Healing and Liberation at the Kimmel Center: Philadanco's Success Stories
by Mohan Bell
A clear theme emerges in Philadanco’s new program Success Stories: liberation, spirituality and prophesy. The audience bears witness to a narrative of bondage to freedom, especially within the context of black bodies. The Kimmel Center’s resident company premiered its powerful program to highlight the works of past dancers who have moved on to be choreographers in their own right. The company has been a launching pad for some of our great contemporary voices, who have gone on to work in academia, working residencies with Alvin Ailey, and serving as choreographer for pop stars.
The curtain rises to The Order with a red stage and rhythmic, pulsing music that prepares us for a mythological and spiritual experience . All this from the mind of choreographer Iquail Shaheed. A group of dancers are organized in a circle. They are following the instructions of, what is perceived to be a representation of the concept of “man”, a male dancer who walks around inside the circle, magisterially. Outside the circle, stage left, a woman lies on the ground like a rug. The man models and teaches his followers to move in time and how to degrade the woman’s body. He walks over her, his skirt dragging with no care, sits on her back as she tries to crawl away, and makes her his footstool, pressing his heel down on her head. The male dancers do the same thing to other female dancers at different points in the piece, but the main tension is found in the woman’s attempts to find freedom over the abuse that is placed onto her body. She, in the end, makes the man her footstool.
Anthony Burrell’s world premiere of Endangered Species stands out as the most powerful piece. The segment begins with a line of men, all dressed in prison jumpsuits. The names of different black men who have become martyrs are emblazoned on their backs (Trayvon Martin, Emmett Till, Philando Castile, etc). It opens with a mixture of African and hip hop dancing, the men moving with strength. They are all eventually shot down, their bodies laid out on the stage. But the story does not end there. The men get up. They begin to move gracefully, with fluidity, beauty, and emotional heartbreak that is not usually ascribed to black men. They are mourning, leaning on each other for support. Black men’s grief and the bonds they share are stories not usually explored. One dancer discovers freedom for himself—symbolized by zipping down his jumpsuit, letting the top hang freely— and inspires the others to join him. In a scene that resembles Aaron Douglas’s painting “The Negro in an African Setting,” the men begin a new dance, a mixture of African and hip hop again. But it is quite different from the opening routine. They are free warriors, their bodies and minds liberated. They do not strip off the jumpsuits and the orange beanie hats that they wear. They turn them into something new.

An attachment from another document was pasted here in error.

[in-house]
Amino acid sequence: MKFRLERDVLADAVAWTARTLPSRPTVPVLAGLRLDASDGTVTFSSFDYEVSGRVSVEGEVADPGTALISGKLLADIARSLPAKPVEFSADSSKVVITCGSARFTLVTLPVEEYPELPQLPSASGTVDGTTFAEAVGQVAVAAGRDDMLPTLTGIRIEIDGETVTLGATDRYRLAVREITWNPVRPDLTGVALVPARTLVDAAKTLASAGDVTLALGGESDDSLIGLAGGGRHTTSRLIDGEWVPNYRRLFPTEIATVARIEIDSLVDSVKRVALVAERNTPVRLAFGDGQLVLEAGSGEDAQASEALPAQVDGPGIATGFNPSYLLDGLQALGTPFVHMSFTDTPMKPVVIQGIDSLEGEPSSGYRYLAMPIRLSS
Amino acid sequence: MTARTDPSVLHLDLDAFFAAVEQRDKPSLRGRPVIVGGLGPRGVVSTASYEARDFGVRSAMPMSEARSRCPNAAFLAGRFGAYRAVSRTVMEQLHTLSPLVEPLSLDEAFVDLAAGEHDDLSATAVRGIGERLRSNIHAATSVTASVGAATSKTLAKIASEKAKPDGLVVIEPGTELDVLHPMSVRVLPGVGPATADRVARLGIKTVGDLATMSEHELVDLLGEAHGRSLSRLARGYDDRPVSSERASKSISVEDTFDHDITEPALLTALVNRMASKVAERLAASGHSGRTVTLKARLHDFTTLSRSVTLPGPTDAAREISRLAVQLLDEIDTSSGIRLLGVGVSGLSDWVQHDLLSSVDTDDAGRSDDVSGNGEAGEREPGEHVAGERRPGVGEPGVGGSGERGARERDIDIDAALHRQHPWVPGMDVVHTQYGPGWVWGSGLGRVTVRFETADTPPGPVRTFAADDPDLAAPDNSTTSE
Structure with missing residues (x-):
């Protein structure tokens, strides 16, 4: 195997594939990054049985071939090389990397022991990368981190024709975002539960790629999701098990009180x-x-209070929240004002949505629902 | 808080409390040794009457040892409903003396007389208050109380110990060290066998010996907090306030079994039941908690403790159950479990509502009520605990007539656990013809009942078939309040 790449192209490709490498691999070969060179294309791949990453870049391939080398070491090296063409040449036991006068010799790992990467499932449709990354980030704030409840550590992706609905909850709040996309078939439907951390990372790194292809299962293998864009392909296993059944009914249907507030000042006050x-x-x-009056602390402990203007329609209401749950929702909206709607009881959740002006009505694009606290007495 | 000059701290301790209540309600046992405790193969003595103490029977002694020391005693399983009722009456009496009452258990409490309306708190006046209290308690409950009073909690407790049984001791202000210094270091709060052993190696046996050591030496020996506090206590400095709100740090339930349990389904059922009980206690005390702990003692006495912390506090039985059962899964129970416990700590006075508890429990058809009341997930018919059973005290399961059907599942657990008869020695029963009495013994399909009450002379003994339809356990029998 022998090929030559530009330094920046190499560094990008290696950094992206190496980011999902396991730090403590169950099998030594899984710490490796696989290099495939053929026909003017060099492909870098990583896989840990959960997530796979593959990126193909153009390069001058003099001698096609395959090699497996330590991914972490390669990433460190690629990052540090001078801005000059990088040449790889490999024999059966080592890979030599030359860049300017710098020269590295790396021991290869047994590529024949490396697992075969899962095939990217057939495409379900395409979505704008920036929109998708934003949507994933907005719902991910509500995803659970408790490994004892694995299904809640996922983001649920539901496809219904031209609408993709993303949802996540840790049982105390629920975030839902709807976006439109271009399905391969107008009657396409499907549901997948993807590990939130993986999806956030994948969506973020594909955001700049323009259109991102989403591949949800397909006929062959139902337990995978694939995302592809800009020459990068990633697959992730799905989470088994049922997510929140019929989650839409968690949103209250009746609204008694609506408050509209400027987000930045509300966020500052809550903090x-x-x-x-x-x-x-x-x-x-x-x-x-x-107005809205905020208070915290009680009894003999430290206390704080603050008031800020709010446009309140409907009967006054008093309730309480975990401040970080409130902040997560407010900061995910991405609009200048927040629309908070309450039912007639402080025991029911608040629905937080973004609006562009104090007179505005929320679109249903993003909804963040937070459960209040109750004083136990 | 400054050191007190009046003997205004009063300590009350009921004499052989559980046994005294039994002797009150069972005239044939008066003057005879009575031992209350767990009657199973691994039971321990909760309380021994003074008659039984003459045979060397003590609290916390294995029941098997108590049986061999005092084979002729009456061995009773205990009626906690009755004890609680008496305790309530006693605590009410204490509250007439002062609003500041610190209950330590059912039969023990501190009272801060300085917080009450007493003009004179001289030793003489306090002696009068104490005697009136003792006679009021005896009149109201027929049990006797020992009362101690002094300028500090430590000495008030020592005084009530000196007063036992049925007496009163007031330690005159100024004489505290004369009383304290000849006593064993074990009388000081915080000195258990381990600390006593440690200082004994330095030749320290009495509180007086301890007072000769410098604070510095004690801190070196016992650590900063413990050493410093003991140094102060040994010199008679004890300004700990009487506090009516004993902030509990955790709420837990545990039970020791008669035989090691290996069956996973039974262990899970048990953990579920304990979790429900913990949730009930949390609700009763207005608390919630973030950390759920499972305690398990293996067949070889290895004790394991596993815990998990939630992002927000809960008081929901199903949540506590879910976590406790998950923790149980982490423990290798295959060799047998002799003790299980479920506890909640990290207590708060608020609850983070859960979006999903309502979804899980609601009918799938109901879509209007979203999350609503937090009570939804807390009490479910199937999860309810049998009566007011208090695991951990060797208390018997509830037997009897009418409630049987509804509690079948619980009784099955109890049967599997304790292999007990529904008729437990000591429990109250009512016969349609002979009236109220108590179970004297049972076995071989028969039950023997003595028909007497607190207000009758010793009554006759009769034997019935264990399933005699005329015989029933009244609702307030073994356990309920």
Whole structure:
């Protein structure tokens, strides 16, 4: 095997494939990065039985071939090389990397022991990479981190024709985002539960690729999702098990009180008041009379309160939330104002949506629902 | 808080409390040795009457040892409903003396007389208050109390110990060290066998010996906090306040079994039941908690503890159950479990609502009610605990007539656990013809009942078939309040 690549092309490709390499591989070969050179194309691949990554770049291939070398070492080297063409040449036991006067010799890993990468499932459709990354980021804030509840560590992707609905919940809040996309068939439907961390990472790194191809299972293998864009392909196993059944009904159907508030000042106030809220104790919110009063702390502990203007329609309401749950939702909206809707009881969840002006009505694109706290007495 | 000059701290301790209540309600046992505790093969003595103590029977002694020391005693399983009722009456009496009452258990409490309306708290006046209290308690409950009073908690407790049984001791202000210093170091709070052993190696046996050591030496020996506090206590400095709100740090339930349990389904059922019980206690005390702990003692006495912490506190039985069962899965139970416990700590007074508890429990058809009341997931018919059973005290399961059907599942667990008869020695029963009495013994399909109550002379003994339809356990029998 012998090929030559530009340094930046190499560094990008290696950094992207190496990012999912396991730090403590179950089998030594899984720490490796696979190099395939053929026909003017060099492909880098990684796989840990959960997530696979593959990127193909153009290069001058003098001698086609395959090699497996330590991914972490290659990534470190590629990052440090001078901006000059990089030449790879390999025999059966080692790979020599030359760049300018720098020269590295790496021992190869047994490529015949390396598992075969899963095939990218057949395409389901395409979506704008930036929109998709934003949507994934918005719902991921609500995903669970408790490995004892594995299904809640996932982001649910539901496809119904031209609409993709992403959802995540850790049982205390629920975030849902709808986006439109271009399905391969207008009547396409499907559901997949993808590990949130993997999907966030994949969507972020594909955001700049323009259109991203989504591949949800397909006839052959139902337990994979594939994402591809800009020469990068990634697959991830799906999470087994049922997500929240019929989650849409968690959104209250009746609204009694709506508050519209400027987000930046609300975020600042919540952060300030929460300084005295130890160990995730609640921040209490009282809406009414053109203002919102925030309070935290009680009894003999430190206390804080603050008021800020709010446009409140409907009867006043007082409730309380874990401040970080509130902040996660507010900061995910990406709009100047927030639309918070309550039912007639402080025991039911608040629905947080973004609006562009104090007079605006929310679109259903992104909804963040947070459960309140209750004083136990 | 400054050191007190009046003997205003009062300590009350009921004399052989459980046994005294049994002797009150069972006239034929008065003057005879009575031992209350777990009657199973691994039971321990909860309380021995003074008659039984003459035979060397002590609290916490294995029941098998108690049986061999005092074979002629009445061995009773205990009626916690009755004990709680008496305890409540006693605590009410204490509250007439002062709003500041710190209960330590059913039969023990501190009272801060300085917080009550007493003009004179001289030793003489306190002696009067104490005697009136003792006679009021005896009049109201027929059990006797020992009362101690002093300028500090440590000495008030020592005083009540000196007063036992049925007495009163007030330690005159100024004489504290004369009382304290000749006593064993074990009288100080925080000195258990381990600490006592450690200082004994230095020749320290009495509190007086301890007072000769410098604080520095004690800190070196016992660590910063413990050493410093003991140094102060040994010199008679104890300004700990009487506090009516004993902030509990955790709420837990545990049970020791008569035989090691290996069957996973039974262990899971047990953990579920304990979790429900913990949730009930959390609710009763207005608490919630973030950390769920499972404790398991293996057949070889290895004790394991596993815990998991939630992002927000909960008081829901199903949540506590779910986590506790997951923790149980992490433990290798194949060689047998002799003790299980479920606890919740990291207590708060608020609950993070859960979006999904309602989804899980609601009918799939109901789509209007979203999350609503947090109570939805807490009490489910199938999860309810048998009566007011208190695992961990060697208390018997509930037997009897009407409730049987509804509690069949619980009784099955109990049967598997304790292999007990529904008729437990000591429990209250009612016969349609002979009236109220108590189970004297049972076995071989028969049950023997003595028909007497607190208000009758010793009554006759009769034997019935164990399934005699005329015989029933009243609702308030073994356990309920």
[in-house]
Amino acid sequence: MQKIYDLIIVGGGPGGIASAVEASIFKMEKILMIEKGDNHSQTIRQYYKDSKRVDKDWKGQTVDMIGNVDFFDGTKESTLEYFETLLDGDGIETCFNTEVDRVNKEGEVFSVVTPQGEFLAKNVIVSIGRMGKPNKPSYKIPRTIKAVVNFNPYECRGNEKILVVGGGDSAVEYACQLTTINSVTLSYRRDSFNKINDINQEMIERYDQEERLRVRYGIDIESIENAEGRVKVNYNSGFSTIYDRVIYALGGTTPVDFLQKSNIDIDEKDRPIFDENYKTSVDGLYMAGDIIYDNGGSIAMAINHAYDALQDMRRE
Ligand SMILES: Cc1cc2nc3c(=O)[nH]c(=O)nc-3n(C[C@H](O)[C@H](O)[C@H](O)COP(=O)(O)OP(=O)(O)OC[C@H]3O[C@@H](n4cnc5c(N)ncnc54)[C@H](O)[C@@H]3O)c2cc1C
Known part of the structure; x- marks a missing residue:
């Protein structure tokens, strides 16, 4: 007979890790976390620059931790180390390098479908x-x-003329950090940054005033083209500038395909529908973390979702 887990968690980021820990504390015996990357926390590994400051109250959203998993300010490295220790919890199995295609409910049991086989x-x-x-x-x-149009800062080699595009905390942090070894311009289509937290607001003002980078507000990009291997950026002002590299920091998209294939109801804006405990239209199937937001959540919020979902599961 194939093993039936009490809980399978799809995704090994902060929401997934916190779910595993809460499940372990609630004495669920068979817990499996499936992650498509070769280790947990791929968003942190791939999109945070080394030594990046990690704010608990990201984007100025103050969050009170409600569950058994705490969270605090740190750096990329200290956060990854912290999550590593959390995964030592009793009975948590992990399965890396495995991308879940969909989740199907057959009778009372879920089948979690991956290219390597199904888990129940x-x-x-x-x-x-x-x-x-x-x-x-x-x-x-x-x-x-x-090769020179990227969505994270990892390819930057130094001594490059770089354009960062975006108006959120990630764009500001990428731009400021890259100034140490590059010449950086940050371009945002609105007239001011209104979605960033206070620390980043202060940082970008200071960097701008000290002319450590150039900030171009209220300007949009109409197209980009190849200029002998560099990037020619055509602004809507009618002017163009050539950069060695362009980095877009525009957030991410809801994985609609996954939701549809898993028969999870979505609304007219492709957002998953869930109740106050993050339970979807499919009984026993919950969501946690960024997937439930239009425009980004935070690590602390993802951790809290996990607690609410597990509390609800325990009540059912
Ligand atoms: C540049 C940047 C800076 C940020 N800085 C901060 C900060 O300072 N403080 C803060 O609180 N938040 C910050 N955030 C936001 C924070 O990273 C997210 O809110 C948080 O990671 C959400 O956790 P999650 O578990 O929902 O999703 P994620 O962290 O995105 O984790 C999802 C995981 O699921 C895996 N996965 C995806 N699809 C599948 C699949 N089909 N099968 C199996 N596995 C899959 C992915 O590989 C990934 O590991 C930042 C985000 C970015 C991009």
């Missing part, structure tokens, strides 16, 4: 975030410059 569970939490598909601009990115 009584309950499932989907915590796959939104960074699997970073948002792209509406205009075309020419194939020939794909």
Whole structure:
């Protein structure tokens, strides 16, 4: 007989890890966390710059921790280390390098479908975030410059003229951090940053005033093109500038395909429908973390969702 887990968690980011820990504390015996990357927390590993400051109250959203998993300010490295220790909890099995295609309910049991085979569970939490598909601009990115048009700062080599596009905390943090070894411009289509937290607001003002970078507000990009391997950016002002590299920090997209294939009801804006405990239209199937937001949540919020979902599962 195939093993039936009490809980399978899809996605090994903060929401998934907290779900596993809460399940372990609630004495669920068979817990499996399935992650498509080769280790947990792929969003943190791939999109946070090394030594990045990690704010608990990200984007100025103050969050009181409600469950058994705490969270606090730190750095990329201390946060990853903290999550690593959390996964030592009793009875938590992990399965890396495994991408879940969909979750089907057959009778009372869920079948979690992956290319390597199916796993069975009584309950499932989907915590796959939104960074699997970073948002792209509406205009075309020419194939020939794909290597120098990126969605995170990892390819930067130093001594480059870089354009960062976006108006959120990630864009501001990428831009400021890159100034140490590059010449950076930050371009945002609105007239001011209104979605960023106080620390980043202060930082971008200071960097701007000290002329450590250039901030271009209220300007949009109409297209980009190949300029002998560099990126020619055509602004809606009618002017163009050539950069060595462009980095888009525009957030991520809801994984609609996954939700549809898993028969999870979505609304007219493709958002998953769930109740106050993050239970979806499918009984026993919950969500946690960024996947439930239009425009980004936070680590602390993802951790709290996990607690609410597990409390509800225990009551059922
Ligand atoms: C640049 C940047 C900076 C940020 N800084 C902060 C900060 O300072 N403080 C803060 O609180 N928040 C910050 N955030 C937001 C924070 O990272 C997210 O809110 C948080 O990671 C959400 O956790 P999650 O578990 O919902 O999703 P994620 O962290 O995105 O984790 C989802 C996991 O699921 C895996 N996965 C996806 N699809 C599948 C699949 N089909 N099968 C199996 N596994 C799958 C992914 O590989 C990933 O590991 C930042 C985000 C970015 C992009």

The image of spiritual awakening and liberation is continued in Hope Boykin’s Testimony: Evidence Given By A Witness (For Talley). Set during a prayer meeting, women suffer together and support each other as each deals with the pain she has brought to the service. Are they mourning a wayward child? A recalcitrant husband? The feeling of weariness that comes from their day-to-day experience? Each woman has a place and an authority as they support each other through the suffering. When one finishes her moment, she becomes the support for the next one who needs to be held up. But freedom and liberation are the expected outcomes of this experience for these women as they set themselves free. Afterwards, they go back and sit on the bench and resume the still positions they had in the opening. Does that mean that the freedom is temporary, until the next Wednesday service?
Tommie-Waheed Evans also attempts to highlight this spiritual connection to freedom in his world premiere piece, With(In)Verse. With strong athleticism and well-planned group and solo routines, the dancers move with abandon exploring what I interpreted as a reinvention of gospel and the future of black spirituality. At times I wondered if the countdown I heard was coming from the dancers on stage or from the people in the crowd. However, after three clear, narrative pieces, a stronger ending would have felt more balanced. This piece would have served better as an opener.
Philadanco is turning 50 in 2020. This presentation, which celebrated the works of past Philadanco dancers who are now finding much success in the world of dance, proved that we need this company even more now. Joan Myers Brown’s vision of creating a space for black dancers, and their stories, has been realized and is as current and necessary as the day it was conceived.
Success Stories, Philadanco @ The Kimmel Center’s Pearleman Theater, April 13- April 15, 2018.
By Mohan Bell
April 25, 2018